Objective: To assess the iodine status and knowledge and practices related to iodine nutrition of Australian women during pregnancy.
Methods: A cross-sectional study was conducted at a public antenatal clinic in the Illawarra region of New South Wales. One hundred thirty-nine pregnant women across all trimesters provided a spot urine sample (n = 110) and completed a short questionnaire (n = 139) in English. Iodine status was based on World Health Organization/International Committee for the Control of Iodine Deficiency Disorders urine iodine concentration (UIC) categories.
Results: Median UIC was 87.5 μg/L (interquartile range 62); only 14.5% of participants had an adequate UIC value ≥150 μg/L. Fifteen percent of women had very low UIC values (<50 μg/L), whereas 45.5% had values in the 50- to 99-μg/L range. Knowledge of the adverse health effects of an inadequate iodine intake was poor. Approximately half the participants were able to indicate good dietary sources of iodine, such as fish (58%) and iodized salt (51%). However, a high level of confusion regarding other foods was evident. Only a small number of participants (11%) reported that they had intentionally changed their diet to increase iodine intake during pregnancy, but 59% indicated supplement use, of which 35% contained iodine. Those who were taking supplements that contained iodine had significantly higher UIC levels (139.1 μg/L) than those who were not (90.8 μg/L, P < 0.05).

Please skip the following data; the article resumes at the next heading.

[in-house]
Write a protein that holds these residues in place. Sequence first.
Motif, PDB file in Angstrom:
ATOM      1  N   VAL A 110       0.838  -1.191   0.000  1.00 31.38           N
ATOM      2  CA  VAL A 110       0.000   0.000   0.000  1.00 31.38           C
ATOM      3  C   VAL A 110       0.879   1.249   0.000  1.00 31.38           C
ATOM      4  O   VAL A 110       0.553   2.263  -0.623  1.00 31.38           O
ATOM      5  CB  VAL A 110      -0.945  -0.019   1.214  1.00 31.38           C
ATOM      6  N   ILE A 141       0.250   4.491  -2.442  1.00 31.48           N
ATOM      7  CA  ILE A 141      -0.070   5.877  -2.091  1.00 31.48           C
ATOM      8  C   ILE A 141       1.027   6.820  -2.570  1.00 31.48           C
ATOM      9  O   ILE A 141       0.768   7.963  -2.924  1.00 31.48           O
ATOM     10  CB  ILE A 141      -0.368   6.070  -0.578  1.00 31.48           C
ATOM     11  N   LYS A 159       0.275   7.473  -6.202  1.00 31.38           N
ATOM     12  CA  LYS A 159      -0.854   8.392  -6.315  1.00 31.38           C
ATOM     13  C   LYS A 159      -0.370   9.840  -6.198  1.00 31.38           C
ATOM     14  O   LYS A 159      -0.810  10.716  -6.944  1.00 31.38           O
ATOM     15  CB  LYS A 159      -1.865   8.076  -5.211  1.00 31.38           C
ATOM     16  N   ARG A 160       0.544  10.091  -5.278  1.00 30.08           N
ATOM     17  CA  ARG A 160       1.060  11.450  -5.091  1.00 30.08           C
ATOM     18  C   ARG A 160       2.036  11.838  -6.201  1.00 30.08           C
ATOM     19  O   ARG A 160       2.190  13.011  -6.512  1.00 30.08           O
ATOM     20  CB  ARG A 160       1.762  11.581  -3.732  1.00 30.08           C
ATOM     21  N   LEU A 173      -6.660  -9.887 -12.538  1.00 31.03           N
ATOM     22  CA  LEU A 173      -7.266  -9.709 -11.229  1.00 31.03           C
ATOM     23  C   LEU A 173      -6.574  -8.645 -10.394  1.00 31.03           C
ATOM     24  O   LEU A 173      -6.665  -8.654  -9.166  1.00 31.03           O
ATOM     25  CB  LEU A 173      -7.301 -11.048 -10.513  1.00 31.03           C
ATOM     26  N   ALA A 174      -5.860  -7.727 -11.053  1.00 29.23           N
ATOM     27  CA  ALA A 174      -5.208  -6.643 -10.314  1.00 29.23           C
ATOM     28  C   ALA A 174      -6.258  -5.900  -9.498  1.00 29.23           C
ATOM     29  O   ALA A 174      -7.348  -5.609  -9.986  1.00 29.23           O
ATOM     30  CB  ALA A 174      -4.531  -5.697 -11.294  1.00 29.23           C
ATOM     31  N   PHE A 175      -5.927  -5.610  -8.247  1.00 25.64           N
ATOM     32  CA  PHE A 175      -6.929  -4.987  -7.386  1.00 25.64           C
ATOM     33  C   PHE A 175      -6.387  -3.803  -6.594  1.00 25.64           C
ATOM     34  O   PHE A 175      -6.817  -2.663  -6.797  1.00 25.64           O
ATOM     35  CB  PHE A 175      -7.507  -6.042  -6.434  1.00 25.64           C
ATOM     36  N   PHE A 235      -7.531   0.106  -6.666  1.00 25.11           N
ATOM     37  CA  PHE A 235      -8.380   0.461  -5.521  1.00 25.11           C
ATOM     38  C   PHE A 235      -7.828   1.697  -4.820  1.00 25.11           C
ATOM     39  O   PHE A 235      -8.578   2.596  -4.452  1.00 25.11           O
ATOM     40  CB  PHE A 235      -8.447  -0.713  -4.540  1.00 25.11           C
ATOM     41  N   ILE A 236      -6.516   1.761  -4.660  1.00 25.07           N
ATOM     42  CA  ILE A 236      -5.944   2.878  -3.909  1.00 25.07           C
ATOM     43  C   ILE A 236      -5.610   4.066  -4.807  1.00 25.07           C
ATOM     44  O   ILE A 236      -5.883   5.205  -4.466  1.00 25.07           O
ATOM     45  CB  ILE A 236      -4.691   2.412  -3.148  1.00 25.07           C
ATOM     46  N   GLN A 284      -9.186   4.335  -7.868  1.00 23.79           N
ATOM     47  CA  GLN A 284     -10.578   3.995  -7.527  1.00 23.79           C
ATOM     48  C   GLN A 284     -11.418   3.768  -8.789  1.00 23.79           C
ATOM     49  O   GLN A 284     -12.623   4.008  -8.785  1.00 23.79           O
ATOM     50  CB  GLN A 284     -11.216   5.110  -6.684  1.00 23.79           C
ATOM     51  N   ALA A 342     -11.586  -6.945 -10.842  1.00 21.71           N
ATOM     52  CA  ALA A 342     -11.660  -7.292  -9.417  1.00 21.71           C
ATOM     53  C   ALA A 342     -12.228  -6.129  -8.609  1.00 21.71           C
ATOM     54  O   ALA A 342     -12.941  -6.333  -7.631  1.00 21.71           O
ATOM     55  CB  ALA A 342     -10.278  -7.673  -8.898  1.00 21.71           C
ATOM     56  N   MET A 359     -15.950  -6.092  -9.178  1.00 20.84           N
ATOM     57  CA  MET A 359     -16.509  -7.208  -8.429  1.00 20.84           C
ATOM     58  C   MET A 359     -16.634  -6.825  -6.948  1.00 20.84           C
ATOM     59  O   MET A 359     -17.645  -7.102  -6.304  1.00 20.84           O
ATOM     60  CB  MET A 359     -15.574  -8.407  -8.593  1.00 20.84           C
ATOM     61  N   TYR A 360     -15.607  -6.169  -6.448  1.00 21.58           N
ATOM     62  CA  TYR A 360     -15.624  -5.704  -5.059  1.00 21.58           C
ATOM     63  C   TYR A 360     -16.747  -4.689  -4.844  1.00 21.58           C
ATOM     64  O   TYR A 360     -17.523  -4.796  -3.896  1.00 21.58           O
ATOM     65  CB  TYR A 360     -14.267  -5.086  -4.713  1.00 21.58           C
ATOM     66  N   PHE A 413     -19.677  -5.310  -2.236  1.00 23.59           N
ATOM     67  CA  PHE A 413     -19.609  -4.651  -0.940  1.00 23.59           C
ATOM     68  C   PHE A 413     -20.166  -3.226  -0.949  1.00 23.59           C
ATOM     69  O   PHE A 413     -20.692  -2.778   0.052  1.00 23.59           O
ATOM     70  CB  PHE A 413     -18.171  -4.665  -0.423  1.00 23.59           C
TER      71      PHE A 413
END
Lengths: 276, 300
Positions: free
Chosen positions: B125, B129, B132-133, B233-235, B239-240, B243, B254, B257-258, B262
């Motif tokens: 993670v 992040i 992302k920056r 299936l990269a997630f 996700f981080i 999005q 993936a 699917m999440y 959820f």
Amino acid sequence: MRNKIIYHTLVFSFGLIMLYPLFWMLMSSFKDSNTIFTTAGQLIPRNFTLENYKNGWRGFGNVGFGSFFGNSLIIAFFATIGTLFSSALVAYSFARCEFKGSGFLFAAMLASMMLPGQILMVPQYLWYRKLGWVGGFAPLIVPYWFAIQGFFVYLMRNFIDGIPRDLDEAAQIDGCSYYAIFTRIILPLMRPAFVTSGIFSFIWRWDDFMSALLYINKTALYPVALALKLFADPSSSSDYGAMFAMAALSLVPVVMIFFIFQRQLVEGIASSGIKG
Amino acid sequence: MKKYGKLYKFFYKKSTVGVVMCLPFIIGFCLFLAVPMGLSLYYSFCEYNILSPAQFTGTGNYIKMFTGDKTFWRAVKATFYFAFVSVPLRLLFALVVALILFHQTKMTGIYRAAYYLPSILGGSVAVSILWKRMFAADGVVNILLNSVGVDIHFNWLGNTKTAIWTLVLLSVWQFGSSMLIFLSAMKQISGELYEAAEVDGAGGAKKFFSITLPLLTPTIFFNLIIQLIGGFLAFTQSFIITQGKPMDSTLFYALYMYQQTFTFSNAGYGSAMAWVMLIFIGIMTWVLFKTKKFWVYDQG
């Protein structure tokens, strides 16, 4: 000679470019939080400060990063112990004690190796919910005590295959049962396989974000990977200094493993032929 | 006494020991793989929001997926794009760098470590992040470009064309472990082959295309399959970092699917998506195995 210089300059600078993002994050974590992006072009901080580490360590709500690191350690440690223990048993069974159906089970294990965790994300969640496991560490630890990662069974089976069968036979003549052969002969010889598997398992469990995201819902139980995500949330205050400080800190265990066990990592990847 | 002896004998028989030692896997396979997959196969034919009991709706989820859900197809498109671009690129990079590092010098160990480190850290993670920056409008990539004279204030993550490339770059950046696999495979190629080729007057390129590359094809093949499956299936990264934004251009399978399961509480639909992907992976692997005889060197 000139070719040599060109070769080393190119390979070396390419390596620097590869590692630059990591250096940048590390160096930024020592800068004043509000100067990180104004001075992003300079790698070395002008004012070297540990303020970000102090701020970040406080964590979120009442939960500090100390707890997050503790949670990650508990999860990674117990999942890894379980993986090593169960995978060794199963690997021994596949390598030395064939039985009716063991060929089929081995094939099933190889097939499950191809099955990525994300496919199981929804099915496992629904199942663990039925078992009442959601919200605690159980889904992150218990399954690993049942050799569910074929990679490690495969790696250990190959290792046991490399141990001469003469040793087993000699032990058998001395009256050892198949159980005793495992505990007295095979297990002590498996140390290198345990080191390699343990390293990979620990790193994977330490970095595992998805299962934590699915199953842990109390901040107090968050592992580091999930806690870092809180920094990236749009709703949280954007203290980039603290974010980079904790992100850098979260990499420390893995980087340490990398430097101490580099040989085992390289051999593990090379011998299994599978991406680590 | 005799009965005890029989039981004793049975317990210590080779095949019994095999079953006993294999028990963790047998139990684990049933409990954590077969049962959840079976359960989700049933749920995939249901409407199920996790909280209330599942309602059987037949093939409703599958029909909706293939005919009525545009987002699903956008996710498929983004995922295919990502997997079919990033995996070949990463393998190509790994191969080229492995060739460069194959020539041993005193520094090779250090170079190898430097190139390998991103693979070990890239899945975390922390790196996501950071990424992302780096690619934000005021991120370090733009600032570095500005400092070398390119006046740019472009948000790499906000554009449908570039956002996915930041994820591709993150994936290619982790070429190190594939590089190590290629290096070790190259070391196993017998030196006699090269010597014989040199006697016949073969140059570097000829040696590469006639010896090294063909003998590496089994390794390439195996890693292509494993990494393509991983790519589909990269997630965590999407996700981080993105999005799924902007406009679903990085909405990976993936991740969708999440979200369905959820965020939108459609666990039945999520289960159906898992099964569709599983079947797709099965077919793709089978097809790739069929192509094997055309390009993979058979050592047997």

Conclusion: Public health strategies, including nutritional education and supplementation, are urgently required to improve the iodine status of pregnant women. Currently, no readily accessible information on iodine is available to women attending antenatal clinics in Australia.
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